A few weeks back the town of Bastrop in northern Louisiana received a bit of a jolt out of their sheepish trance: somebody tried to promote their personal freedoms guaranteed by the First Amendment.
Apparently, prayer has been a part of the school’s graduation ceremony for quite some time and nobody has done or said anything about it…until now (that sounds like a cheesy movie catchphrase, but it’s true). A senior named Damon Fowler who recently “came out”–or identified himself–as an atheist contacted the school to request that the prayer be taken out of the ceremony because it violated the First Amendment by promoting religion in a public school setting. He also warned that if the school didn’t comply he would be in contact with the ACLU. Fearful over the possibility of a lawsuit, the school agreed. The community, not so much.
Damon was ostracized by his peers and his fellow townsmen, and even one of his previous teachers publicly badmouthed him in the town’s local newspaper. What’s worse? His parents wouldn’t even support him during this shitstorm, as his brother describes. What kind of parent abandons their child when they’re in need? I know my dad and I don’t always see eye-to-eye on many topics–including religion–but he wouldn’t cut off my contact with the outside world for holding a belief that he doesn’t, or vice versa.
Though the absolute worst part about this graduation situation was that, even after the warning of ACLU involvement were there to be a prayer at graduation, there was still a prayer at graduation–both at the ceremony rehearsal and the actual graduation the next day. This is not in any way constitutional.
What most people forget is that the First Amendment provides the freedom of AND from religion, and allowing this kind of prayer at a public school is in efforts showing support of a religious institution, or “respecting an establishment of religion”. No, prayer is not a student’s freedom of speech–it is a connection between a single person and the deity of which they believe in, and when a public school allows a prayer like this to go on they are sponsoring it. If the students wanted to say it by themselves and/or privately amongst themselves and others of like-minded faith, or even shout it from the sidelines of the ceremony, that’s perfectly fine because it’s not being sponsored by state taxes. Need proof? Don’t worry–the Supreme Court ruled on a case like this already, and they agreed on no prayer. (And it’s peculiar that this prayer happened, because I thought the Bible prohibits public prayer. Glad to see that these believers know their scripture.)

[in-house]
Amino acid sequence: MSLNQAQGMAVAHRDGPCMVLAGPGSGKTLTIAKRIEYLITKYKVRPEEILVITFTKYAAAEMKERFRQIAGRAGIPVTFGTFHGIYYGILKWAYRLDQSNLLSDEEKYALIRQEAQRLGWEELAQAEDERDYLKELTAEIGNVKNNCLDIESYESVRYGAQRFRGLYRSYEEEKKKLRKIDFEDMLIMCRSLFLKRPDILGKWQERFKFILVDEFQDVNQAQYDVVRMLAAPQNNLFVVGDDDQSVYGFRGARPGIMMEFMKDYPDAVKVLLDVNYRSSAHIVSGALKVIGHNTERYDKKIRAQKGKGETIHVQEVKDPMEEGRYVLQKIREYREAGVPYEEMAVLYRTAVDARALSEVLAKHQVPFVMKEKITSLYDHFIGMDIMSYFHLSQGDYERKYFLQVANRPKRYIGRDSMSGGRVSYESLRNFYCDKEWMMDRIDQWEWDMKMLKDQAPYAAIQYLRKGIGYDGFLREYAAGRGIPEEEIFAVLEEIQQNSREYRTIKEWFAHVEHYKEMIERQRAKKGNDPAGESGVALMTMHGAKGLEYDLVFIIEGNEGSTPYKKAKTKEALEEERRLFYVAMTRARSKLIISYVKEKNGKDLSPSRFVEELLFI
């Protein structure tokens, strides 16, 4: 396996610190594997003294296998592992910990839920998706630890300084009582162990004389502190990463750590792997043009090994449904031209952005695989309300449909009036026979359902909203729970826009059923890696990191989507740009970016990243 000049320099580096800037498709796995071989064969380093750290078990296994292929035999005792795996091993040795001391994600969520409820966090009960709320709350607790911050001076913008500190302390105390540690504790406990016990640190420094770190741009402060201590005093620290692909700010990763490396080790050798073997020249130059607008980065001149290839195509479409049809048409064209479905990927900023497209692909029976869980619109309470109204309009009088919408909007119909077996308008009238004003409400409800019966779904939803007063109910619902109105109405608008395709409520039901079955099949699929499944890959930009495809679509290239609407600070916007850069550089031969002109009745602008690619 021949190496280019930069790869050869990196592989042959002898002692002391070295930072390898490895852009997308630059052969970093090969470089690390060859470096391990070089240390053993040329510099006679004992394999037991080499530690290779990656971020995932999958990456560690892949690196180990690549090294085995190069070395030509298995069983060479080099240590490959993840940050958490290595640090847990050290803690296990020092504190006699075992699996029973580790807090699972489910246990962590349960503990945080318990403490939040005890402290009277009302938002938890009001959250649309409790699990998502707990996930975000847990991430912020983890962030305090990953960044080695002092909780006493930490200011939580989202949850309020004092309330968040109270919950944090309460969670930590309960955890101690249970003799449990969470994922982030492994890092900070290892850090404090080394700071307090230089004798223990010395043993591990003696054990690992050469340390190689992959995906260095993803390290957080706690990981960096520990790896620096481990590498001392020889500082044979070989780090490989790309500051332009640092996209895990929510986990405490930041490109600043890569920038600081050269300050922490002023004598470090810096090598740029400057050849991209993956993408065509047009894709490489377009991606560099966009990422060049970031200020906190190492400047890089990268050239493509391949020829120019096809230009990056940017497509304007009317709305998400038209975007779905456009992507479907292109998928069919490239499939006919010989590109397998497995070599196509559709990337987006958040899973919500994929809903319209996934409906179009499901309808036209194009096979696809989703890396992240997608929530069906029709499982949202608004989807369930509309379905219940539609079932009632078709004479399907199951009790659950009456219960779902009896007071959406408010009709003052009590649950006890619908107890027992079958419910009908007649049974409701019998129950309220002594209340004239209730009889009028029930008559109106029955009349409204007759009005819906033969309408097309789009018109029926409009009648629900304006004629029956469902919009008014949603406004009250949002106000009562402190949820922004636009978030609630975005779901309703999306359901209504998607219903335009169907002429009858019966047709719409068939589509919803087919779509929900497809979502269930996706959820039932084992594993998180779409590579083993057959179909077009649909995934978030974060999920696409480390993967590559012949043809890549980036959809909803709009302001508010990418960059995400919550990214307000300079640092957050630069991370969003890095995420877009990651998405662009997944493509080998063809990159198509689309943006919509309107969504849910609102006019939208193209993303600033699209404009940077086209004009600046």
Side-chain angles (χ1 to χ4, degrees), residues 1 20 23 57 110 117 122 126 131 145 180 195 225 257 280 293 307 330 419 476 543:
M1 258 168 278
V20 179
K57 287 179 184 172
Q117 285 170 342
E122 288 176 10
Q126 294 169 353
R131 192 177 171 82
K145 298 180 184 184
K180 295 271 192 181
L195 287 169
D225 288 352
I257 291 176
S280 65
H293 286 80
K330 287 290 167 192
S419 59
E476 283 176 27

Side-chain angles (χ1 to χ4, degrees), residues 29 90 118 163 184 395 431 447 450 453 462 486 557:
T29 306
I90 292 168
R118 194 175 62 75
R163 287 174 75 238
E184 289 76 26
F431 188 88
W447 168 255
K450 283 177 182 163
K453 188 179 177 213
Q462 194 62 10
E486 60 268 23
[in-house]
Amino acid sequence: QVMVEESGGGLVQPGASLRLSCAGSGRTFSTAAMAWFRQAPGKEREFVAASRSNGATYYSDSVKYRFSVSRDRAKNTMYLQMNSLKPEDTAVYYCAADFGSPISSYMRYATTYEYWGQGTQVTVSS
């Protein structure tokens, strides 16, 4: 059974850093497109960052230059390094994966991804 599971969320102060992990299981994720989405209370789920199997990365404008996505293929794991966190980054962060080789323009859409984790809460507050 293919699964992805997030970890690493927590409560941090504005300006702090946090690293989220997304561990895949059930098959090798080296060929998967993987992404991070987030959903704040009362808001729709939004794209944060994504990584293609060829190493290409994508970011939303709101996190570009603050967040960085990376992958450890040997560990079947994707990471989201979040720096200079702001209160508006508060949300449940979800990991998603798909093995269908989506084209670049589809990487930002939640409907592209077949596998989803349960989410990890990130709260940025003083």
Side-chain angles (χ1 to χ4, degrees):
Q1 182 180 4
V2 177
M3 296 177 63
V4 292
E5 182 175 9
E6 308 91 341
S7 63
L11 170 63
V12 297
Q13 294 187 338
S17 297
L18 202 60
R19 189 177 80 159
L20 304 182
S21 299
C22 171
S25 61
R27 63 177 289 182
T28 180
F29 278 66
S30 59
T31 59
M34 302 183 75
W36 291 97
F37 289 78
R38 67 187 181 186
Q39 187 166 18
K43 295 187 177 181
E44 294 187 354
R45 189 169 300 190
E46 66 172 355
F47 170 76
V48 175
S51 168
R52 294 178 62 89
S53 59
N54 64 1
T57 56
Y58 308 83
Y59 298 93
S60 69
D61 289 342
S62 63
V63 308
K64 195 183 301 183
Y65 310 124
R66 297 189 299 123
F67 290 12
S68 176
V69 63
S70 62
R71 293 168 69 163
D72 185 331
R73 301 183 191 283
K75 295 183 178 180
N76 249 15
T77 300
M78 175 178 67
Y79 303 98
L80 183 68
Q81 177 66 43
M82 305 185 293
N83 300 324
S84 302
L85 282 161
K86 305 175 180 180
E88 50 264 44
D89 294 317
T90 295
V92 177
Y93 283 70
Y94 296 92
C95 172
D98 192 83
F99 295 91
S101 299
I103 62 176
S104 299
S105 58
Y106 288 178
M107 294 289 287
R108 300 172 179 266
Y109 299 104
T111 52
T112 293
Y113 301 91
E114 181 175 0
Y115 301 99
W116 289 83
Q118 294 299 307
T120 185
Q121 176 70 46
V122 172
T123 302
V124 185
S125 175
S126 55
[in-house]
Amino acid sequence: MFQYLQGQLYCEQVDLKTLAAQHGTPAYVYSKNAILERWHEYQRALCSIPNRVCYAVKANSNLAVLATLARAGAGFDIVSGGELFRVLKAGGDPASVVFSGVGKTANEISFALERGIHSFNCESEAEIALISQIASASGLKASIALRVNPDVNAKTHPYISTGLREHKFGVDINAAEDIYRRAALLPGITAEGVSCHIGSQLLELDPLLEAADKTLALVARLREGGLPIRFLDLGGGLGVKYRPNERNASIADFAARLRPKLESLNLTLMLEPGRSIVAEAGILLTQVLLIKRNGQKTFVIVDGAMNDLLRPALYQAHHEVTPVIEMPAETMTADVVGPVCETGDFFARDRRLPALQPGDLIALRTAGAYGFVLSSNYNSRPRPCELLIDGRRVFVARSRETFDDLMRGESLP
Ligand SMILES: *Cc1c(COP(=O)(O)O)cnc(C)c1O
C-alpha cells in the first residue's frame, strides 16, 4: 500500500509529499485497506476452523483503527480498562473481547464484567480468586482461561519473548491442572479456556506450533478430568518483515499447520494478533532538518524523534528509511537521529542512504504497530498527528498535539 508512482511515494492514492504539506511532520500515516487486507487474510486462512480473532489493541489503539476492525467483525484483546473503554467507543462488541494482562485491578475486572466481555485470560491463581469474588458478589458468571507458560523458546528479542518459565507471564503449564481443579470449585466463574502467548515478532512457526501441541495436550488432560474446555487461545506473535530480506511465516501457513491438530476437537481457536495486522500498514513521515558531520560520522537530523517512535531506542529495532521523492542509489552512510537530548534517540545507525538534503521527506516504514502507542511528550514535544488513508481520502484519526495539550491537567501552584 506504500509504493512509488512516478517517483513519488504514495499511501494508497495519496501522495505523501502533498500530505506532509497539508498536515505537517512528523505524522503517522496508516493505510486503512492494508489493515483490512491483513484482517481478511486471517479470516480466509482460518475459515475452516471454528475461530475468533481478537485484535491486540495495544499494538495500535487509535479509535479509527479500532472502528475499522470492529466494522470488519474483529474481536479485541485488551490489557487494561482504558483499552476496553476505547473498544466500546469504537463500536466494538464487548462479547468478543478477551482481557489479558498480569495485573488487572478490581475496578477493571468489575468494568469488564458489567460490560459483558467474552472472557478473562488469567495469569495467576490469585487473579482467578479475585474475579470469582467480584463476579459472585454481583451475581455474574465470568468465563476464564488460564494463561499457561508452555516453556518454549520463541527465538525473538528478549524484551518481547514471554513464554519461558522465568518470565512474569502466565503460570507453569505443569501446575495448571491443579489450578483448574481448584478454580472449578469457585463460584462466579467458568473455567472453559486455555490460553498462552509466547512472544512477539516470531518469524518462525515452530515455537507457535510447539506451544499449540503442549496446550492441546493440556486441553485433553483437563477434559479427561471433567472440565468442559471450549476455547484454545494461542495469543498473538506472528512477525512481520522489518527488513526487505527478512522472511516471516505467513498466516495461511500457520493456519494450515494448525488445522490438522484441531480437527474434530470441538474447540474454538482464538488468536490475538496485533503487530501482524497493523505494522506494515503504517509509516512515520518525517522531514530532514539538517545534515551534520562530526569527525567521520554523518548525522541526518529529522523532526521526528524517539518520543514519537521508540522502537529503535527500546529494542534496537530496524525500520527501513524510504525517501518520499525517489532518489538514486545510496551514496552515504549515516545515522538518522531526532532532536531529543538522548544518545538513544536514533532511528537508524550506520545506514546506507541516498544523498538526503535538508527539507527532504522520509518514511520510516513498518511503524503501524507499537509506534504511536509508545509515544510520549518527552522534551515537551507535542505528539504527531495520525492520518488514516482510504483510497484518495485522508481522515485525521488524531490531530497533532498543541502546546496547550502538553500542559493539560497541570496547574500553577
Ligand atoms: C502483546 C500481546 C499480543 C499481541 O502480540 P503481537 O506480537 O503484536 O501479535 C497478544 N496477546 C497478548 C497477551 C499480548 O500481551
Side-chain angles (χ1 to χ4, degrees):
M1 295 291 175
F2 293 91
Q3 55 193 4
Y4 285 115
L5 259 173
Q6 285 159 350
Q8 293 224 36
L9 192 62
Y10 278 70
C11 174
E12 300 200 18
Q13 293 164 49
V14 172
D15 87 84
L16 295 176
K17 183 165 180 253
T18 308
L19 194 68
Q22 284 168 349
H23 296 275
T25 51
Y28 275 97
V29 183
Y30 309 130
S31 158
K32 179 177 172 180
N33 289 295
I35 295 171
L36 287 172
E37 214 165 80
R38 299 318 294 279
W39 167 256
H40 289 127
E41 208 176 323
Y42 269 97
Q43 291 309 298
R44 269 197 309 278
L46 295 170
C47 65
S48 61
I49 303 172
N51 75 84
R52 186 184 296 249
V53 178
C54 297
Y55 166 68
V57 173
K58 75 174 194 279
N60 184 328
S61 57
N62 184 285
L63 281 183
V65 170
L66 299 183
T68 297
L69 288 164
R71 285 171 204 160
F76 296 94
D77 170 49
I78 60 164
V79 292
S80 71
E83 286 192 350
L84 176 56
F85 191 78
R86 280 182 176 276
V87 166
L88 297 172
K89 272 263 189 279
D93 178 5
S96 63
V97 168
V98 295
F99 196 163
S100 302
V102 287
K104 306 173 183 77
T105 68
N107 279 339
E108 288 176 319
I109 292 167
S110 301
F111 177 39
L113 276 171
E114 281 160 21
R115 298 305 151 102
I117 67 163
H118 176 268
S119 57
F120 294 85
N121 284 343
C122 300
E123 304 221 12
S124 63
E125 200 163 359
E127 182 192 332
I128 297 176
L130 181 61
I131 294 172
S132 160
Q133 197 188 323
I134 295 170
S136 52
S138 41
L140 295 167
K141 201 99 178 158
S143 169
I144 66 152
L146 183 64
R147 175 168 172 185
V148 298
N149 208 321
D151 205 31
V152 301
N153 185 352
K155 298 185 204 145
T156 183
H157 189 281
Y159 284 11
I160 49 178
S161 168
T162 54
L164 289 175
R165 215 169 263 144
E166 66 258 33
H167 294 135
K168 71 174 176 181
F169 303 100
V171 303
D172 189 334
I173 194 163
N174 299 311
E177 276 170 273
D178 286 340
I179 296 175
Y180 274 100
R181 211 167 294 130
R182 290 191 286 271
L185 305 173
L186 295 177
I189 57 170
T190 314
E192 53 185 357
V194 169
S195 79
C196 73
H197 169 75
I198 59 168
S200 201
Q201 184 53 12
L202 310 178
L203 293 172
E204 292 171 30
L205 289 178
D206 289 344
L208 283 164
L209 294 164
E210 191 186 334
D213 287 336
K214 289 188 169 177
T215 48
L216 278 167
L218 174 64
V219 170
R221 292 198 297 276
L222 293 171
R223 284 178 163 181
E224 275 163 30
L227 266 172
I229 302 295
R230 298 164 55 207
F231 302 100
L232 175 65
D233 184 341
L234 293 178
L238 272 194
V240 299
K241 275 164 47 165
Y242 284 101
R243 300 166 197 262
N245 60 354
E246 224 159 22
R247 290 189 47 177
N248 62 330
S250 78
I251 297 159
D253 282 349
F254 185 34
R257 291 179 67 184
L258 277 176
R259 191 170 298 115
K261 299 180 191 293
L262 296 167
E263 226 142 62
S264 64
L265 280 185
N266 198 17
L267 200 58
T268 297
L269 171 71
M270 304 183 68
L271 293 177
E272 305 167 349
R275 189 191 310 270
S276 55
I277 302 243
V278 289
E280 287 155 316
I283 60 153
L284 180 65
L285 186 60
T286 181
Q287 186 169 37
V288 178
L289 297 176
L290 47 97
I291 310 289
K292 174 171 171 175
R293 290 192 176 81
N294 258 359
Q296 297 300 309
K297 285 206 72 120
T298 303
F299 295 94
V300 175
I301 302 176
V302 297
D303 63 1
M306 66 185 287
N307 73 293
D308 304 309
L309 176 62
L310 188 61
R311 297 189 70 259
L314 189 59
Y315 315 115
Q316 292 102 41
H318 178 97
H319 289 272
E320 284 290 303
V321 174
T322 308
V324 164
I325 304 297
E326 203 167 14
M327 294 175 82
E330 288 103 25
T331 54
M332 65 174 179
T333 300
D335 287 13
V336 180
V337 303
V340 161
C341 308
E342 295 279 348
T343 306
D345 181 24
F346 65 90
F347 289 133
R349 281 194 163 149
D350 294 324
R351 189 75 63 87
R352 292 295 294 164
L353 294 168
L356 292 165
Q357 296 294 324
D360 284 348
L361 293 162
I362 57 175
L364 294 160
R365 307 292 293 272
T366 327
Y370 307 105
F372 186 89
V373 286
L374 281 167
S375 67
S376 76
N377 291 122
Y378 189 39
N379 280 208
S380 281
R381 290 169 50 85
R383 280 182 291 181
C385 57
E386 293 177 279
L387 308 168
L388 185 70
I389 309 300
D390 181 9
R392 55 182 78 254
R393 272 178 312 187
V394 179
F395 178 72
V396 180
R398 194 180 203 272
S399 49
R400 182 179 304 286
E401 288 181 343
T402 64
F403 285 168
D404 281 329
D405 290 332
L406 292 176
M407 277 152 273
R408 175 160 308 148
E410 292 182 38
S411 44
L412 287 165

Would these people in Bastrop have been so supportive of this prayer if it was based in, say, the Islamic faith? Or what about something based in Judaism? Hinduism? Buddhism? If the answer is “no”, that should be more than enough proof that prayer or religious-based speech should be kept out of school related events. The people of Bastrop don’t seem to understand that not everyone subscribes to the same belief system, and people may feel very uncomfortable and offended if their beliefs are not respected. They are continuing a habit of closeminedness, a habit which delays us from ever achieving a universal understanding of one another and worldwide peace. These people of the Bastrop community were only concerned about their own beliefs and dismissed conflicting ones as unimportant and trite. Some were even claiming that this atheist should just deal with it, because he’s of the minority and the majority approves of it. This is where pure democracy can never work, because it allows for the tyranny of the majority to be given the last say in all social and political manners and results in individual rights to be squashed. As a friend of mine once stated, democracy is two wolves and a sheep voting on what to have for dinner. This kind of mindset that remains prevalent not just in the South but throughout the country, and it continues to feed the deep divisions that already exist in our society by driving us further and further from unity. The phrase “United We Stand” will no longer apply if this trend continues.
People need to wake up and reveal that everyone doesn’t hold the same opinions on every topic–you do not need to agree with them, but you do need to respect them. I am in no way advocating an atheistic approach, but a secular approach. No religious influences whatsoever–from the believers nor the non-believers. That is the only way to ensure respect to everyone.
P.S. There is a Facebook group called Support Damon where you can show your appreciation for him standing up for his constitutional rights. As for Damon himself, he seems to be residing in Dallas with his brother for the moment deciding what legal action to take next.
Also, if I may be frank, I can’t wait to see the ACLU (as some of my peers would say) “go HAM” on Bastrop High School.